ITMO Faculty Learned How to Teach in English in Arizona

5 weeks, 10 ITMO staff, 7 classes, 4 teacher trainers, 50 hours of travel, 100 hours of study and a lot of sunshine. Why all the fuss? It’s called English as a Medium of Instruction (EMI), and it’s what is bringing ITMO University into the cutting-edge of internationalization.

It wasn’t just the allure of the Grand Canyon and a multitude of cacti that attracted the group from ITMO University to Arizona, the Center for English as a Second Language (CESL) at the University of Arizona (UofA) offers a special professional development program, known as CATT (Content Area Teacher Training), which is designed to assist content area teachers from around the world, with various disciplinary backgrounds to transition into teaching their subjects in English (be it chemistry, physics or programming) to students for whom English is not their native tongue.

While ITMO University already offers a host of English Language Masters courses, these are mainly geared towards international students, and not yet offered at the undergraduate level. The magic of English Medium instruction is that it’s not simply just about teaching in English in the same way you were teaching in Russian, but it’s about methods and approaches, it’s about scaffolding possibly difficult materials designed for native speakers of English, and about enabling students to get the most out of their learning experience regardless of potential language challenges. It is hoped that this course will spur on enthusiasm and motivation for more staff at ITMO University to begin offering courses in English at all levels.

"What I learned about EMI and English for Specific Purposes made me change my views about teaching in English for students for whom English is not their native language. I felt much more confident. In addition it was very interesting to plunge into the atmosphere of the campus of a major University and become familiar with the experience of teachers and the lives of the students," explained Artem Beresnev, senior lecturer for the Department of Intelligent Technologies in Humanities, sharing his impressions.

The 5 week course consisted of a 3 week online component and 2 week face-to-face session at the University of Arizona in Tucson. In participation were four content instructors from the Information Technologies and Programming Faculty, three content instructors from the Department of Informatics and Applied Mathematics, and three English language specialists from the Foreign Language Training Center.

Dr. Mouromtsev, Head of the Department of Informatics and Applied Mathematics commented that studying about "a systematic approach to teaching and learning in a second language allowed us to renew our approach to our courses and forced us to think about new ways of presenting educational material to students." He also commented on the effectiveness of the instructors who offered the course:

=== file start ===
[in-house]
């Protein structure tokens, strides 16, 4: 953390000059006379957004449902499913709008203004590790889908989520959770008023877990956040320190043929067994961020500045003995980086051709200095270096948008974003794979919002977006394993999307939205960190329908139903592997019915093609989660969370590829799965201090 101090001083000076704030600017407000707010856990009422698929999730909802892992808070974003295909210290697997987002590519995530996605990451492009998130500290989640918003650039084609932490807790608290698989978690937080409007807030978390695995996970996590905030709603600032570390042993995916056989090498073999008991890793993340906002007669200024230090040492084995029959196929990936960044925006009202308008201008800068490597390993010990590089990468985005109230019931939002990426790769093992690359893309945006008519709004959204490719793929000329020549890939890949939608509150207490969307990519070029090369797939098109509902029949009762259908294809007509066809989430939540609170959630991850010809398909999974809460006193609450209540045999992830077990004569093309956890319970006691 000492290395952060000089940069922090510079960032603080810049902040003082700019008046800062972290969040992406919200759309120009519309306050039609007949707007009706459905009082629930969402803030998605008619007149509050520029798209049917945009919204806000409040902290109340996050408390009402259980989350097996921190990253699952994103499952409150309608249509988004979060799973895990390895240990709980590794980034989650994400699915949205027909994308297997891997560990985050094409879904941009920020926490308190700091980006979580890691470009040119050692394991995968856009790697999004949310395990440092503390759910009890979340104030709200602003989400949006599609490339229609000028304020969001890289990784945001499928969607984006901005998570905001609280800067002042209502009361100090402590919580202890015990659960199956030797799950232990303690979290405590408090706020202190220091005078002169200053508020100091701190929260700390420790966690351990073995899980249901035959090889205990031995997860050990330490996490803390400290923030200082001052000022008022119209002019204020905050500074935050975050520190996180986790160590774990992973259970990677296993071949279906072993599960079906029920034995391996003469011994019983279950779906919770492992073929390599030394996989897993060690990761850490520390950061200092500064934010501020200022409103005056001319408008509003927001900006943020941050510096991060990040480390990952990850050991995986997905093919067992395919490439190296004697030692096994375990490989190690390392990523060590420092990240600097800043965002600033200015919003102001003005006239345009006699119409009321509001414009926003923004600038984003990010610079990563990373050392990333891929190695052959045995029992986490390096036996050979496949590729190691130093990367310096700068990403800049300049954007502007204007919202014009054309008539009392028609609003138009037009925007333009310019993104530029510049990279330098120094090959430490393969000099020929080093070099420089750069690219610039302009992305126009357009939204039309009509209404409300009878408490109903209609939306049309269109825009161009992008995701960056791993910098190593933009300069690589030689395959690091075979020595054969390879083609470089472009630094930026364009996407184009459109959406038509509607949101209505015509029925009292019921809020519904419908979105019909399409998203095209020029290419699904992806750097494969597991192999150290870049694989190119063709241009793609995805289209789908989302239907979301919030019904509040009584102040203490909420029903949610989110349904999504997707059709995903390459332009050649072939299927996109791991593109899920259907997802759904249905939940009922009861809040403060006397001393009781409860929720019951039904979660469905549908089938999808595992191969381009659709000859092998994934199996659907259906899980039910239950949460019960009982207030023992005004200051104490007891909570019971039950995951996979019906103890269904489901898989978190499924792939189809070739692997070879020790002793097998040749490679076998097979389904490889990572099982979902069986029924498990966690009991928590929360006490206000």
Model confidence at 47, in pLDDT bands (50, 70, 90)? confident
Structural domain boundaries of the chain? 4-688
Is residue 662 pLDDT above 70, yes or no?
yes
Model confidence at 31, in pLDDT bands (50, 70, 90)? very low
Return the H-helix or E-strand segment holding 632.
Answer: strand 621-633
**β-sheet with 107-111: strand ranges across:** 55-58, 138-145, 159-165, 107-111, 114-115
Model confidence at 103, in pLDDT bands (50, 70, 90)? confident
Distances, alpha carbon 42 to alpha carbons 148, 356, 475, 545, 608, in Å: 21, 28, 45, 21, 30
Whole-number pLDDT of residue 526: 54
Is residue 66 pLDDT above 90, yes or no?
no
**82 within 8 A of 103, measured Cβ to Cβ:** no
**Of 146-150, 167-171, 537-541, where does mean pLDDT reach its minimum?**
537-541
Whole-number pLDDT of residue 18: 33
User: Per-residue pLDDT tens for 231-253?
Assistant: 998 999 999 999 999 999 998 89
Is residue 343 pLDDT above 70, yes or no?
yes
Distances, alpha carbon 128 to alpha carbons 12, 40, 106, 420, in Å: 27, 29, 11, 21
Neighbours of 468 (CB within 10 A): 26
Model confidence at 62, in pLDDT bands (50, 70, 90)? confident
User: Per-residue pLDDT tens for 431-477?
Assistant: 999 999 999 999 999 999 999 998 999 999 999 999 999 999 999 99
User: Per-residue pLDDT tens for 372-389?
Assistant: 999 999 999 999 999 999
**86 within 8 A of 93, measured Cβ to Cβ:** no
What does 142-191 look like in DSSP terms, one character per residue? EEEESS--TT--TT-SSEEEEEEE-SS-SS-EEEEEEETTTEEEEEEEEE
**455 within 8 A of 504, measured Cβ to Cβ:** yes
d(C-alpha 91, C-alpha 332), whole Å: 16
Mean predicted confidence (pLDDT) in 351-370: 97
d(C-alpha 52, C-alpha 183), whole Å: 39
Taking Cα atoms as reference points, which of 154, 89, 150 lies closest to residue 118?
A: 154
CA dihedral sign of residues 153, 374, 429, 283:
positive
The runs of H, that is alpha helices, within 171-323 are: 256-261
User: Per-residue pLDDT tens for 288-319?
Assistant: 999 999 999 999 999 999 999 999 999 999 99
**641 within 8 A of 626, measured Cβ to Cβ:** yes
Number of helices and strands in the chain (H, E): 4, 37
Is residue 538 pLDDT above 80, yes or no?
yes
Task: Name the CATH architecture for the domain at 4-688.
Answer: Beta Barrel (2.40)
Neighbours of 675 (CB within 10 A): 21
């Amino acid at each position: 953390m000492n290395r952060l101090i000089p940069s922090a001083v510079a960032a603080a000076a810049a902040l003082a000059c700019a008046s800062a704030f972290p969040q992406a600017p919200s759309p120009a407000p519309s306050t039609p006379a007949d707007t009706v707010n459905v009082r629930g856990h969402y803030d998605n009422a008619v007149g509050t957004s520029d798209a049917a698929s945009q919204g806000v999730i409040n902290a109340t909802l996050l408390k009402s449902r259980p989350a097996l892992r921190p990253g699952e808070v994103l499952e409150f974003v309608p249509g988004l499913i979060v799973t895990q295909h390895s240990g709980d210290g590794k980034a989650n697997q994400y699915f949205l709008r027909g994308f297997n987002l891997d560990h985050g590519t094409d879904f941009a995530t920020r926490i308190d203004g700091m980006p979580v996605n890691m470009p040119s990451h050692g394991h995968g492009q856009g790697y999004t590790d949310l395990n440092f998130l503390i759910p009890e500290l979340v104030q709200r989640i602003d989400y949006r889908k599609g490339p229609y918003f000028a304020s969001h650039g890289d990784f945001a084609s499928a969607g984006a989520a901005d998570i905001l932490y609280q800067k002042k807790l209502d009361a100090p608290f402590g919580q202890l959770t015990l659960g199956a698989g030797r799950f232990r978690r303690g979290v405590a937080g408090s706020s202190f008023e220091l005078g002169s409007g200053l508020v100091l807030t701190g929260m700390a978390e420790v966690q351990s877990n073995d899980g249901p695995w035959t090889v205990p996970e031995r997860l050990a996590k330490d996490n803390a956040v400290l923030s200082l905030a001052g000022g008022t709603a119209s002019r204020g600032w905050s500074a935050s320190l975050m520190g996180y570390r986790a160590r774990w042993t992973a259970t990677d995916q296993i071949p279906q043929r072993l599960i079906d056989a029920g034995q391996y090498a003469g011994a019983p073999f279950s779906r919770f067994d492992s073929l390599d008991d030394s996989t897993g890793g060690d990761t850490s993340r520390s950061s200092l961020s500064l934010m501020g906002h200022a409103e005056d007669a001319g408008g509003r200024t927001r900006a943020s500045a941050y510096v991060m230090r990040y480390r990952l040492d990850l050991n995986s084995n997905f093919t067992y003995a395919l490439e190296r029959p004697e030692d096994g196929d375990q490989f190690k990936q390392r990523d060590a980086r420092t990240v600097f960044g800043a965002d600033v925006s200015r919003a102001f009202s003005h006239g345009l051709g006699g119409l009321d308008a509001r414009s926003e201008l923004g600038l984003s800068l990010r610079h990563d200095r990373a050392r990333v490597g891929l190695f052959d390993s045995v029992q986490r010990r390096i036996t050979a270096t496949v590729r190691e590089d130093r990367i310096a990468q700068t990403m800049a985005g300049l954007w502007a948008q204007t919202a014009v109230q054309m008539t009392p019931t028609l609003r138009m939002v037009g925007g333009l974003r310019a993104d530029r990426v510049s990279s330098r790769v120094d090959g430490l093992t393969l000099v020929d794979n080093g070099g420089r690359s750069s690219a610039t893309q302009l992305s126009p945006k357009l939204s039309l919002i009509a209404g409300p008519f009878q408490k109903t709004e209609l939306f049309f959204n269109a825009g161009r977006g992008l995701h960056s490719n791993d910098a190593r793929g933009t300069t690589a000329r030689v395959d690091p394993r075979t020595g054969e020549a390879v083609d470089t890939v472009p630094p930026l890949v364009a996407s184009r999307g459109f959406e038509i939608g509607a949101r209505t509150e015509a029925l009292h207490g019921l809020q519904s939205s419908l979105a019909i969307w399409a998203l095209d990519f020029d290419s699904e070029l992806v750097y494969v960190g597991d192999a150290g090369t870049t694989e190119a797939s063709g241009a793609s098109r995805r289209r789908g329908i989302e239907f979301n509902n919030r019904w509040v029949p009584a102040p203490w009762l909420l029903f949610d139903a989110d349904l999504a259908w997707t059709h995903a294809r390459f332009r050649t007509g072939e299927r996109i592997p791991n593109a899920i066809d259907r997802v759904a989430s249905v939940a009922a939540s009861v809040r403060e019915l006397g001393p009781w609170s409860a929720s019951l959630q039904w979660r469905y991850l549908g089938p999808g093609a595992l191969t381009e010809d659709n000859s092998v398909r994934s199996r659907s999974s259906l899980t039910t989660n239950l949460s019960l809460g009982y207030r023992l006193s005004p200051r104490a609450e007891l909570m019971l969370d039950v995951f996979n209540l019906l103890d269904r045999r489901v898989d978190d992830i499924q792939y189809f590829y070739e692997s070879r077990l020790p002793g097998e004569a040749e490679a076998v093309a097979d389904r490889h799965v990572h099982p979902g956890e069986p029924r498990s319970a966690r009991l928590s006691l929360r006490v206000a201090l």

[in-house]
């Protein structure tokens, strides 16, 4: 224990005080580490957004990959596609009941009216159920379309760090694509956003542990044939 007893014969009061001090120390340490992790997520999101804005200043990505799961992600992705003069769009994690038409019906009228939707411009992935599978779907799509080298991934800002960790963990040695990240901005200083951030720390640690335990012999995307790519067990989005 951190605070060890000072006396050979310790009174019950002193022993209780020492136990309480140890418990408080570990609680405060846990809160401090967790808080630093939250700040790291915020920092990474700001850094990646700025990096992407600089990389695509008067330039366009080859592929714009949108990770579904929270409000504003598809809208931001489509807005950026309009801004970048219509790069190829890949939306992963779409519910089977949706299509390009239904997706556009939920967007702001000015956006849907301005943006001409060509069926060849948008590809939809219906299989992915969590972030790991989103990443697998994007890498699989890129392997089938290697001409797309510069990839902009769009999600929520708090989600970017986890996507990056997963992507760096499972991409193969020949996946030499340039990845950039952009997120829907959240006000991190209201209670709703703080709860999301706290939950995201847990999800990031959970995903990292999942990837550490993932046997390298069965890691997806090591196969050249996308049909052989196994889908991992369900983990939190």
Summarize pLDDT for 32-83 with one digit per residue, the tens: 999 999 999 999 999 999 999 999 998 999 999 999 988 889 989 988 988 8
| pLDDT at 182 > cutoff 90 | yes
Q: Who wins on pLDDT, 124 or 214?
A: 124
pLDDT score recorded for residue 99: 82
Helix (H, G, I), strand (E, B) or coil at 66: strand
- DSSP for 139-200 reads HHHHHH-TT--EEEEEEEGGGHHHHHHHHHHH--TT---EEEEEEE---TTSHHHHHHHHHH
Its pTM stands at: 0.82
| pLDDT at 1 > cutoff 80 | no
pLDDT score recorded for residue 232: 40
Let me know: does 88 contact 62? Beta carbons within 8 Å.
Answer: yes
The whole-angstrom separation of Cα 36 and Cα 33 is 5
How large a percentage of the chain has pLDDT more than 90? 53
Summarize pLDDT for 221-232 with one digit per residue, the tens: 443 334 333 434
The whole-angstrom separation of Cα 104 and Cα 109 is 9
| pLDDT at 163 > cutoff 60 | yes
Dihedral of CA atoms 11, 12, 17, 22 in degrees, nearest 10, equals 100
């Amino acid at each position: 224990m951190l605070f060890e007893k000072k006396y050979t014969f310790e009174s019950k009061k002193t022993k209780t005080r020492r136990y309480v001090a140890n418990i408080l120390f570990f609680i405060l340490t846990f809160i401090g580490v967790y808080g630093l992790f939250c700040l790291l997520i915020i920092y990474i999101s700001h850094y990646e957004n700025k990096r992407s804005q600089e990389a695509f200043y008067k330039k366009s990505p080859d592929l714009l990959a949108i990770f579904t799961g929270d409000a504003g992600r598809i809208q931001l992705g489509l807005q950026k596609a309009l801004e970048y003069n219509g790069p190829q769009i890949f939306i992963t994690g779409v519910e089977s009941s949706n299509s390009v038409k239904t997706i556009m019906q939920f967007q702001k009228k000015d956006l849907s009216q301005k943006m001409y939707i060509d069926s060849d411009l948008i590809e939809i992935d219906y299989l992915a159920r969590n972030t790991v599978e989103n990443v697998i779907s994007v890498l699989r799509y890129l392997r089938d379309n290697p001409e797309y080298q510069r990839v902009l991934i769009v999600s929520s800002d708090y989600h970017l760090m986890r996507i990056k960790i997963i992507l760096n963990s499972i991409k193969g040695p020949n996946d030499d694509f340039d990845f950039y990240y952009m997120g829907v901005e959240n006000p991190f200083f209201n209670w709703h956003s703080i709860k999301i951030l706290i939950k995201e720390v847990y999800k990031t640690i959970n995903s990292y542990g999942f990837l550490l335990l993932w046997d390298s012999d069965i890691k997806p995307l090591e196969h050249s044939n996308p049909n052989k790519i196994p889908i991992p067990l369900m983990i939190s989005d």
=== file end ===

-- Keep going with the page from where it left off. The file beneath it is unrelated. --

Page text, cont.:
"I was very pleased to see the commitment and responsiveness on the part of the instructors at CESL. It was a lively and captivating interaction, where no question was left unanswered."

One of the highlights of the course was the practicum, all participants were required to offer a short lesson in their content area in English incorporating aspects of what was learned during the course. This was a great way to apply various aspects of the course materials studied over the five weeks. Together, all the participants made a rubric to evaluate the lessons, and after each lesson there was a lively feedback session. This proved to be both encouraging and testing, but everyone came out of it a better educator.
All participants also had an opportunity to observe some lectures at the University of Arizona in their field and talk with the lecturer about their approach.
A unique element of the course was that it included both content and language teachers from ITMO University, giving an opportunity for them to consider future collaborations in this field. As was covered during the course, experience has shown that a successful approach to EMI includes a strong relationship between the English language department and content instructors often require language support as teachers but also for their students.
One of the tutors from the Foreign Language Training Center at ITMO, Aleksandra Shparberg, who participated in the course, commented that:
"English language teachers studied together with content teachers, so the course helped to get a deeper insight into what both parts are going to face teaching EMI. It is a great start for collaboration and support programs while implementing EMI at ITMO."
There was also an opportunity during the course to generate strategies for how this relationship would look, for example, language teachers could observe classes and provide concrete feedback to the content lecturers, or english specialists could also provide special consultation hours to which both teachers and students could come for assistance with readings, assignments and materials.
Irina Radchenko, Associate Professor for the Department of Informatics and Applied Mathematics shared how informative and productive the knowledge gained during the course was. She also said:
"The experience gained will be useful in developing courses in English." Not only was the internal collaboration among ITMO staff useful but also the international relationships that were cultivated during the visit which "will serve as fertile ground for cooperation and joint projects."
Developing a strong EMI program at ITMO University is just another natural stage in the University’s internationalization. Having already expanded the English language program for students and teachers significantly over the last three years has created a healthy base for implementing an effective EMI program in various disciplines at ITMO.
Journalist
Translator
Archive by year: